Civil Duty Vs Injustice in Antigone

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About this sample

About this sample


Words: 710 |

Pages: 2|

4 min read

Published: Jun 13, 2024

Words: 710|Pages: 2|4 min read

Published: Jun 13, 2024

Table of contents

  1. Introduction
  2. Body Paragraph 1
  3. Body Paragraph 2
  4. Body Paragraph 3
  5. Conclusion


Sophocles’ tragedy Antigone presents a complex interplay between the concepts of civil duty and personal morality, as epitomized by the titular character and her uncle, King Creon. Written in ancient Greece around 441 BCE, the play explores the ramifications of defying state laws in favor of familial loyalty and divine mandates. Antigone's determination to bury her brother Polyneices, despite Creon's decree that traitors should be denied proper burial, sets the stage for a profound conflict between civil obedience and moral righteousness. This essay examines the themes of civil duty and injustice within Antigone, analyzing how the characters’ adherence to or defiance of societal norms and laws elucidate complex ethical dilemmas. By scrutinizing the motivations and consequences of Antigone and Creon's actions, we gain deeper insight into the perennial struggle between upholding societal order and resisting injustices perpetrated by those in power.

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Body Paragraph 1

At the heart of Antigone lies the stark opposition between Antigone’s moral convictions and Creon’s rigid enforcement of state laws. Antigone’s actions are guided by her belief in divine law and familial duty, which she considers superior to human decrees. Her determination to bury Polyneices stems from her understanding of the gods’ expectations and the inherent dignity owed to family members, regardless of their actions in life. This moral stance is deeply rooted in the ancient Greek value system, which placed significant emphasis on honoring the dead. Antigone’s defiance of Creon’s edict underscores her assertion that civil laws are not infallible and can be unjust when they contravene higher moral principles. Her willingness to face death for her actions highlights the intensity of her convictions and raises questions about the limits of state power and the legitimacy of laws that conflict with personal ethics.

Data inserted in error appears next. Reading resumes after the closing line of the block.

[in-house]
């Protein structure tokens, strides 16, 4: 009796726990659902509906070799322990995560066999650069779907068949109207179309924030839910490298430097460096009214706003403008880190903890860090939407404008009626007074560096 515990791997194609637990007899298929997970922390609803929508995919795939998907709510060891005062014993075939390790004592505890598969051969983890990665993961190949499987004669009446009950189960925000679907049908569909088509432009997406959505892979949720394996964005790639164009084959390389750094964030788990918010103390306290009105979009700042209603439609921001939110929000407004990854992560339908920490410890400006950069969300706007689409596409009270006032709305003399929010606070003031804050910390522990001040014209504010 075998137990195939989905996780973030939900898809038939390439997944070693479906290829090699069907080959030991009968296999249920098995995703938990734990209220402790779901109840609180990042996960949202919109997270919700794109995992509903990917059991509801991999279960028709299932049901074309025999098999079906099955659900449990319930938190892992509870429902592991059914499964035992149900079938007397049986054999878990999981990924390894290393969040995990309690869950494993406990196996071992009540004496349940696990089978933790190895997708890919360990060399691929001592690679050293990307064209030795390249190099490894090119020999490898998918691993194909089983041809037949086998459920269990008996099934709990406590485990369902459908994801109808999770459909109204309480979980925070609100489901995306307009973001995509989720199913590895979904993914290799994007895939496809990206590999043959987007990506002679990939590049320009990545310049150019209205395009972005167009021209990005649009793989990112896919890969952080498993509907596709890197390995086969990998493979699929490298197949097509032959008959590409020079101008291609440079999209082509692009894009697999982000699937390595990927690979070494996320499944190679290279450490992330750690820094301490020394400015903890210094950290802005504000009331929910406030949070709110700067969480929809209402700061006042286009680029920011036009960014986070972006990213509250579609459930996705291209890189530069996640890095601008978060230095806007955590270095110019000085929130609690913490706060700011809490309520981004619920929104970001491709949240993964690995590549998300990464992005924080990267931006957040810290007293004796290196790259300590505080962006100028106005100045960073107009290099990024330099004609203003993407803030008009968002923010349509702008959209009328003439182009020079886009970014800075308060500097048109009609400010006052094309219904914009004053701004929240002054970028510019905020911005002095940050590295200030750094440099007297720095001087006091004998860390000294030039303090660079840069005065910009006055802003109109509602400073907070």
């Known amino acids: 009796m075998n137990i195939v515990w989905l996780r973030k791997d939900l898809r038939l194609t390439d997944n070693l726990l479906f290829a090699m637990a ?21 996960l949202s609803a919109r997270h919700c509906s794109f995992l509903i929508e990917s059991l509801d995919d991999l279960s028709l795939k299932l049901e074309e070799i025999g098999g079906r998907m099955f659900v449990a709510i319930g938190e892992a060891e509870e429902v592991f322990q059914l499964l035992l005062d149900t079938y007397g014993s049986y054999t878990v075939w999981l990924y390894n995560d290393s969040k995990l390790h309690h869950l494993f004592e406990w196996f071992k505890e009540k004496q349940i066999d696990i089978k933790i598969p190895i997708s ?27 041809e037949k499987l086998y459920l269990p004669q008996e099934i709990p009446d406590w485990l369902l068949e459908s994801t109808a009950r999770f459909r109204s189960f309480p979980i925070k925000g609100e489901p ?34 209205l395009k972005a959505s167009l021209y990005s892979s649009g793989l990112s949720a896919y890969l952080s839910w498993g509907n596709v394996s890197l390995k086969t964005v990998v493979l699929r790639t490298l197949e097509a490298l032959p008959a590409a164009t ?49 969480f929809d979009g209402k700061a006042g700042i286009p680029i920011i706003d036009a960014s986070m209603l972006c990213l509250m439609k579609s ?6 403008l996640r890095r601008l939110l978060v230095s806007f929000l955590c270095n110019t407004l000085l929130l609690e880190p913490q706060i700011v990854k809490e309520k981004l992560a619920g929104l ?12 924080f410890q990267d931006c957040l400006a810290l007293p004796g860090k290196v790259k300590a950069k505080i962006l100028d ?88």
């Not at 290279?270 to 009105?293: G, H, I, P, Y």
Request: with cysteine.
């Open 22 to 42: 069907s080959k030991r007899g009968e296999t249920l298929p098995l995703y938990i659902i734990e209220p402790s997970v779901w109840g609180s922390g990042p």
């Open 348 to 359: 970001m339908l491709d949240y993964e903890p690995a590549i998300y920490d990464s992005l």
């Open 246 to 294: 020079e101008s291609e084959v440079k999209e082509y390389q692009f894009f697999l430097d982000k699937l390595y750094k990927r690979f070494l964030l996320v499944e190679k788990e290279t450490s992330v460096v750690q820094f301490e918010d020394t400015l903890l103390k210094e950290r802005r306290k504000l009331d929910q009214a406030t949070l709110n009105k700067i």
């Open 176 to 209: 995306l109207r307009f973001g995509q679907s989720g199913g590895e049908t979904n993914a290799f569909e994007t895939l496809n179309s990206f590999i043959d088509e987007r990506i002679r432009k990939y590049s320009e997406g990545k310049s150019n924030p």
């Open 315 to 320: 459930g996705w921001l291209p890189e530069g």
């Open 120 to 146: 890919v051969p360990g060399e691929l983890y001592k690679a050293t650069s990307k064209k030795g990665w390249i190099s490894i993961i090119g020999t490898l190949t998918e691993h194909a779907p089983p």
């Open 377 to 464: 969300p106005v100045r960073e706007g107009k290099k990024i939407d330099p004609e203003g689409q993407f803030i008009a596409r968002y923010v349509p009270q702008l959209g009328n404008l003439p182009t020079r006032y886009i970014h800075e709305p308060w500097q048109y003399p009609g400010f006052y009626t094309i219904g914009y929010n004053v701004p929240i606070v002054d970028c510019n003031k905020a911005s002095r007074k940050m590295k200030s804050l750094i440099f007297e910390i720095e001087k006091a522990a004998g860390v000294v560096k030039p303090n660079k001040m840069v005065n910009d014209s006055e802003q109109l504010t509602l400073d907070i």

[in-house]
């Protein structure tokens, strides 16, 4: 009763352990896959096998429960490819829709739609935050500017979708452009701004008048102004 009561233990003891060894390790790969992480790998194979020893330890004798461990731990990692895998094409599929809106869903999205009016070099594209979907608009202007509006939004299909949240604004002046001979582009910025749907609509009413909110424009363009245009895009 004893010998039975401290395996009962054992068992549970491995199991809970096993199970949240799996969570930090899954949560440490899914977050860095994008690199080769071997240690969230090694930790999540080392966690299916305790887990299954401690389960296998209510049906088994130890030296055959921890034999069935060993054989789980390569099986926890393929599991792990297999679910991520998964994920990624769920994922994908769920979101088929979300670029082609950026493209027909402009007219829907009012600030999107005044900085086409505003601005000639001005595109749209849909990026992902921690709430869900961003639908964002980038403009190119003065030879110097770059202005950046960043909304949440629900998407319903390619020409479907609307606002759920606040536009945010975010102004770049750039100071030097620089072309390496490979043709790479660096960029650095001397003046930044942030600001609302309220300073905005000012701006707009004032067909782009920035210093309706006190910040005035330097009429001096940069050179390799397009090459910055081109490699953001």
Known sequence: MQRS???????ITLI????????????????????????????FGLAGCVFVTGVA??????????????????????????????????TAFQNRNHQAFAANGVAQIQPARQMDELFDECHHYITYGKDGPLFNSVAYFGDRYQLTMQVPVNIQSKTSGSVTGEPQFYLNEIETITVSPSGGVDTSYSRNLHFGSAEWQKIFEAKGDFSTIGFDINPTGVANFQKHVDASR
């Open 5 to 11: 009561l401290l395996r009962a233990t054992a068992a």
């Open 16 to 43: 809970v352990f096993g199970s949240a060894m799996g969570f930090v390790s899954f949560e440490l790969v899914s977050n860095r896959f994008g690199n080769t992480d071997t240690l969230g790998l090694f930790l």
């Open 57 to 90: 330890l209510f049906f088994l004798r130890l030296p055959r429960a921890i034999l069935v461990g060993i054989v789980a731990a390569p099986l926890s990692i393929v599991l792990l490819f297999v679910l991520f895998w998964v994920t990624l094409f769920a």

Body Paragraph 2

In contrast, Creon embodies the principles of state sovereignty and the importance of maintaining civic order. As the ruler of Thebes, Creon is tasked with upholding laws that ensure the stability and security of the state. His decree against the burial of Polyneices is intended to serve as a deterrent against treason and rebellion, reflecting his belief that the stability of the state takes precedence over individual desires and familial loyalties. Creon’s stance is rooted in the notion that laws, once established, must be obeyed to prevent chaos and anarchy. However, his unwavering adherence to this belief blinds him to the moral complexities of the situation and alienates him from the empathy and understanding that are essential qualities of a just ruler. Creon’s failure to consider the ethical implications of his edict ultimately leads to personal and societal tragedy, illustrating the dangers of an inflexible approach to governance.

Body Paragraph 3

The conflict between Antigone and Creon also highlights the broader theme of individual conscience versus state-imposed justice. Antigone’s resistance is not merely an act of familial loyalty but a profound assertion of individual conscience against what she perceives as an immoral law. Her actions resonate with contemporary discussions about civil disobedience and the moral duty to oppose unjust laws. Similarly, Creon’s rigid enforcement of his edict can be seen as a critique of authoritarian governance that prioritizes law and order over justice and human dignity. The tragic outcomes of both characters underscore the need for a balance between civil duty and moral integrity. Antigone’s martyrdom and Creon’s ultimate realization of his hubris serve as poignant reminders that laws devoid of ethical considerations can lead to profound injustices, and that true justice requires a harmonious integration of legal authority and moral conscience.

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In conclusion, Sophocles’ Antigone provides a timeless exploration of the tension between civil duty and personal morality. Through the characters of Antigone and Creon, the play delves into the ethical complexities that arise when state laws conflict with individual conscience. Antigone's unwavering commitment to divine law and familial duty, contrasted with Creon's rigid enforcement of state sovereignty, illuminates the profound challenges of balancing societal order with moral justice. The tragic consequences faced by both characters serve as a powerful reminder of the importance of empathy, ethical reflection, and the recognition of higher moral principles in governance. As contemporary societies continue to grapple with issues of legal authority and moral righteousness, Antigone remains a pertinent and thought-provoking work that underscores the enduring struggle for justice and the role of individual conscience in challenging systemic injustices.

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Dr. Oliver Johnson

Cite this Essay

Civil Duty Vs Injustice In Antigone. (2024, Jun 07). GradesFixer. Retrieved July 15, 2024, from
“Civil Duty Vs Injustice In Antigone.” GradesFixer, 07 Jun. 2024,
Civil Duty Vs Injustice In Antigone. [online]. Available at: <> [Accessed 15 Jul. 2024].
Civil Duty Vs Injustice In Antigone [Internet]. GradesFixer. 2024 Jun 07 [cited 2024 Jul 15]. Available from:
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